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One person, one vote (2015 style) 

The United State Supreme Court began its new term Monday, a year in which we are likely to get definitive decisions on the future of affirmative action in higher education, mandatory union dues, and possibly (if the Court accepts a major case from Texas) abortion. It is also a term in which the Court will spend time with a case that resembles a highly theoretical class discussion in one of my American Constitutional Law courses. As unlikely as it was to ever make it this far up the judicial food chain, Evenwel v. Abbot could begin a trend that would decidedly shift electoral power in the United States.

A Texas-based group founded in 2005 to challenge preferences grounded in race and ethnicity through litigation, the "Project on Fair Representation," is the chief proponent of Evenwel, a case that questions a key assumption of a series of precedents now celebrating their half-century anniversary: the "one person, one vote" cases of the 1960s. Those cases assumed a "person" to be anyone identified by the U.S. Census as a resident, no matter their age, their citizenship status, or any other aspect of their eligibility to be a voter.

The "one person, one vote" cases were decided at a time when the percentage of foreign-born Americans was still relatively small; that is no longer the case in an increasingly diversified nation. Because noncitizens tend to be clumped in urban areas, the voting residents of their districts actually end up with slightly more electoral power than rural and suburban areas with smaller numbers of those ineligible to vote. The question in Evenwel is whether those disparities present a legitimate Equal Protections concern. Although the case only involves state Senate apportionment in Texas, the logic will likely quickly be expanded to congressional district line drawing as well if the proponents of change prevail (as was the case in the 1960s, when the redistricting revolution begin with state-level litigation) and, ultimately, to the apportionment of the Electoral College.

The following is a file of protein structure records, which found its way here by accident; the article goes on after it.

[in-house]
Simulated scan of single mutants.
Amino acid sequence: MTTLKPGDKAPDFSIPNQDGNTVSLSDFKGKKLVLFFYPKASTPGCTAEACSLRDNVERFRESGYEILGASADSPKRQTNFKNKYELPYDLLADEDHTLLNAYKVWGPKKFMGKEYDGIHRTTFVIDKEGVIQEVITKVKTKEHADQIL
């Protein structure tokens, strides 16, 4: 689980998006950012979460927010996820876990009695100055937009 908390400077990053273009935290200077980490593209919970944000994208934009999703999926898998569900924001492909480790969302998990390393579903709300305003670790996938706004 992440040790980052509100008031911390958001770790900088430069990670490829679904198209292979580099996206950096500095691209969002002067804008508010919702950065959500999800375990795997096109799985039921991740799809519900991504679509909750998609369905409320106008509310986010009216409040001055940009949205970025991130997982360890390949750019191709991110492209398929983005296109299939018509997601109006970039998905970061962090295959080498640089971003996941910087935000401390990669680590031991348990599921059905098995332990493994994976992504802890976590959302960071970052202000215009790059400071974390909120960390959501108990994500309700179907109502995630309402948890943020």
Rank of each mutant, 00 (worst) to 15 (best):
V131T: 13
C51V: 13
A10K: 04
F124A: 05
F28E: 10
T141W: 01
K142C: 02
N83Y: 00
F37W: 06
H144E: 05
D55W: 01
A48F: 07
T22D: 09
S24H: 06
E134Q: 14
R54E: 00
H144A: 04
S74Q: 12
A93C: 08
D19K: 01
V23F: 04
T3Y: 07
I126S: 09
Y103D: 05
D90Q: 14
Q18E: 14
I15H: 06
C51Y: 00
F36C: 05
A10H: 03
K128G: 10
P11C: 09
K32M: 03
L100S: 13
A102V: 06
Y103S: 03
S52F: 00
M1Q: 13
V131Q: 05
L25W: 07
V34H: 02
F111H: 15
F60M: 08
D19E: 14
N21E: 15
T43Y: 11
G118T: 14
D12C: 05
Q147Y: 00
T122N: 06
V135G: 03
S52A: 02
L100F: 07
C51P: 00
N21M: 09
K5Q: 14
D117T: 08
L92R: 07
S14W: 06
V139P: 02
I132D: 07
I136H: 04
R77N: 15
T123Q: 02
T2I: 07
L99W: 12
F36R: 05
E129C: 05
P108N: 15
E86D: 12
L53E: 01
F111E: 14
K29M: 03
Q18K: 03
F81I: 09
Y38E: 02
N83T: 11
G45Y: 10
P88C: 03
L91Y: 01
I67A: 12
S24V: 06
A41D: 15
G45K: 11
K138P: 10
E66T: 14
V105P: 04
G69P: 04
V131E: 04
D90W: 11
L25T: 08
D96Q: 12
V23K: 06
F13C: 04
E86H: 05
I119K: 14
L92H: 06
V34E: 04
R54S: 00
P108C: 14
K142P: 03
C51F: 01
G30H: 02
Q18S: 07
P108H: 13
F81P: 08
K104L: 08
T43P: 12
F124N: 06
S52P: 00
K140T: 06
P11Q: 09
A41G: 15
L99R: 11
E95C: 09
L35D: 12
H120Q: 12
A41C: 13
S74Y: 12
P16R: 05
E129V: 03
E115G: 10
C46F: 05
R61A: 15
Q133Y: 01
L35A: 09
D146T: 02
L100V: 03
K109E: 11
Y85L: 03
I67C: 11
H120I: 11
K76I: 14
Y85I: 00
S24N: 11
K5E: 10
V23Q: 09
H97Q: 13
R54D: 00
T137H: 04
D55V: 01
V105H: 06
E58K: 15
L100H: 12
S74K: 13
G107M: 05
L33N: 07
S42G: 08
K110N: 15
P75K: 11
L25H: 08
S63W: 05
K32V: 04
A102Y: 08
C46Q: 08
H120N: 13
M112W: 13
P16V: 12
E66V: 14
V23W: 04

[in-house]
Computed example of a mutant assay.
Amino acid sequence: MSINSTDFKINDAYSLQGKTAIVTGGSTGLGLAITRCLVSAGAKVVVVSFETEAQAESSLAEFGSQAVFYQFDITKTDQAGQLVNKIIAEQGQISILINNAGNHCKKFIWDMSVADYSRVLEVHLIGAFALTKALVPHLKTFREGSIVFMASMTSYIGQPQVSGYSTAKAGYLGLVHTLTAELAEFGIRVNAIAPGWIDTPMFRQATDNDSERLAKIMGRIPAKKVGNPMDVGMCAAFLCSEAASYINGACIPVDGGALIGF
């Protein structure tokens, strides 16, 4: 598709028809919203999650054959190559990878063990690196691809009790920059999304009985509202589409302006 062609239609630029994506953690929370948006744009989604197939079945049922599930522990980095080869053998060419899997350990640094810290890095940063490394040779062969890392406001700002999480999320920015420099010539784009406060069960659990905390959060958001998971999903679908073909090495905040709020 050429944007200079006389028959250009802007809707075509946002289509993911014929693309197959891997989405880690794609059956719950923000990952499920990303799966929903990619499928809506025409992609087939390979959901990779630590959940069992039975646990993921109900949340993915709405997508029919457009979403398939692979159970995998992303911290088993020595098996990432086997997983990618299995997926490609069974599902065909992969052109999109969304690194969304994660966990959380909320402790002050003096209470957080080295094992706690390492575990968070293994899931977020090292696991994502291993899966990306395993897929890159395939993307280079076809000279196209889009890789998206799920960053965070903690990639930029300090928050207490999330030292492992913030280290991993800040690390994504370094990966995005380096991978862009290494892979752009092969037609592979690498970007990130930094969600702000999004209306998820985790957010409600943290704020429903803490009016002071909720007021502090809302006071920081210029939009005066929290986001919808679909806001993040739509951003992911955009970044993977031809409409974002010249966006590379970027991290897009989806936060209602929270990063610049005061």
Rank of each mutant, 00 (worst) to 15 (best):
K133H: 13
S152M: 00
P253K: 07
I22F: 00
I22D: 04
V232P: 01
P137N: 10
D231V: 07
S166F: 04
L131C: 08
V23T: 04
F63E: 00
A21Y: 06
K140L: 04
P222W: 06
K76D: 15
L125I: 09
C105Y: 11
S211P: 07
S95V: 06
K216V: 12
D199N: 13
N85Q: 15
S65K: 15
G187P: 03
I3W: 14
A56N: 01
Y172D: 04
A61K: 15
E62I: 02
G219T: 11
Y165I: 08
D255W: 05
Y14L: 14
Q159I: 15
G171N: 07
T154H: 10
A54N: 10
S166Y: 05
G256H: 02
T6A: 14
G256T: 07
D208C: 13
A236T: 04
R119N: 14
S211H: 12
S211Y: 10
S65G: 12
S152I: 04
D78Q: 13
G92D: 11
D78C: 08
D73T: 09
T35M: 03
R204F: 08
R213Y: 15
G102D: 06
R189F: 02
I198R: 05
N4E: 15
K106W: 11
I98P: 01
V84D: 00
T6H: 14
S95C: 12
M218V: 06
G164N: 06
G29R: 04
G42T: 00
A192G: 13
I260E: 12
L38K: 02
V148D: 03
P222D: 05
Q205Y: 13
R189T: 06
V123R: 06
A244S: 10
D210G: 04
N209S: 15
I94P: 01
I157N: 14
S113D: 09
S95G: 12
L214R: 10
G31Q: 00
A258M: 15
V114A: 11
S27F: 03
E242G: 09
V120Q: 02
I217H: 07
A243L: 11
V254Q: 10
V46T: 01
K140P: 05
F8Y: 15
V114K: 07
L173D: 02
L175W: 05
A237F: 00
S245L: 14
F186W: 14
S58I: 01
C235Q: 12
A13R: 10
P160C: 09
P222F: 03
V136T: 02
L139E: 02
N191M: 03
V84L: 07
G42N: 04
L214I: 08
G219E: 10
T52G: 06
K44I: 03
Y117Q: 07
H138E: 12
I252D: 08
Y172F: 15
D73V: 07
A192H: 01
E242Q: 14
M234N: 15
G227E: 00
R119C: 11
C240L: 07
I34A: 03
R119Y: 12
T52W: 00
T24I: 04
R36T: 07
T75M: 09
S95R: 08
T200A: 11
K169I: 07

It is clear that a victory for the plaintiffs would mean that noncitizens and (more evenly distributed) minors would both be excluded from the count for apportionment purposes. It is less clear how far the logic would extend. For instance, most assume felons who have yet to regain their voting rights would also be eliminated from the apportionment counts. However, it is quite logical that only registered voters would be counted (although, because of the constantly changing number of registered voters, that becomes quickly messy to implement). Whatever the case, if the "Project on Fair Representation" advocates win in the Evenwel case, the elegant "one person, one vote" principle would become decidedly less tidy.

While much remains unclear even if there is a victory for the plaintiffs, what is clear is that political winners and losers would emerge from a new way of apportioning legislative districts. Across the nation, urban areas would obviously lose power. It would also become more difficult to draw majority-minority districts meaning that the number of representatives of color would decrease at all levels. Finally, certain states (such as California, Arizona, Texas, Florida and New York) would lose power in Congress and in the Electoral College as a result of the shift. The benefits to Republicans would not be universal, but conservatives would generally win from an Evenwel victory.

Interestingly, while that result would be beneficial for conservative interests nationally, in Arkansas a different pattern would be shown. The relative losers in the battle in Arkansas would be the most Republican portions of the state. At the congressional district level, while three of the four congressional districts would remain at or about 545,000 eligible voters (not taking into account the more complicated felon disenfranchisement issue), Northwest Arkansas's Third Congressional District would hold only about 508,000 eligible voters. Two of the three counties who would lose the greatest share of their total population in such a reapportionment scheme are the large Northwest Arkansas counties of Benton and Washington (Yell County would also lose more than a third of its population count in the shift). This means that the 3rd Congressional District (and key legislative districts in that area) would have to gain more geographical turf. Because of the overarching Republicanism of the state at present, the electoral ramifications would be minor, but Northwest Arkansas would lose some of its growing political power.

We will know a good deal more about the direction the Supreme Court is headed on the issue once oral arguments take place in the coming months (the date for the oral arguments is not yet scheduled). Some contend that the Court will ultimately pull back from what would be a big win for conservatives, but also a deeply disruptive decision. If the Court heads in a more activist direction, however, U.S. politics for the coming generation would be transformed.

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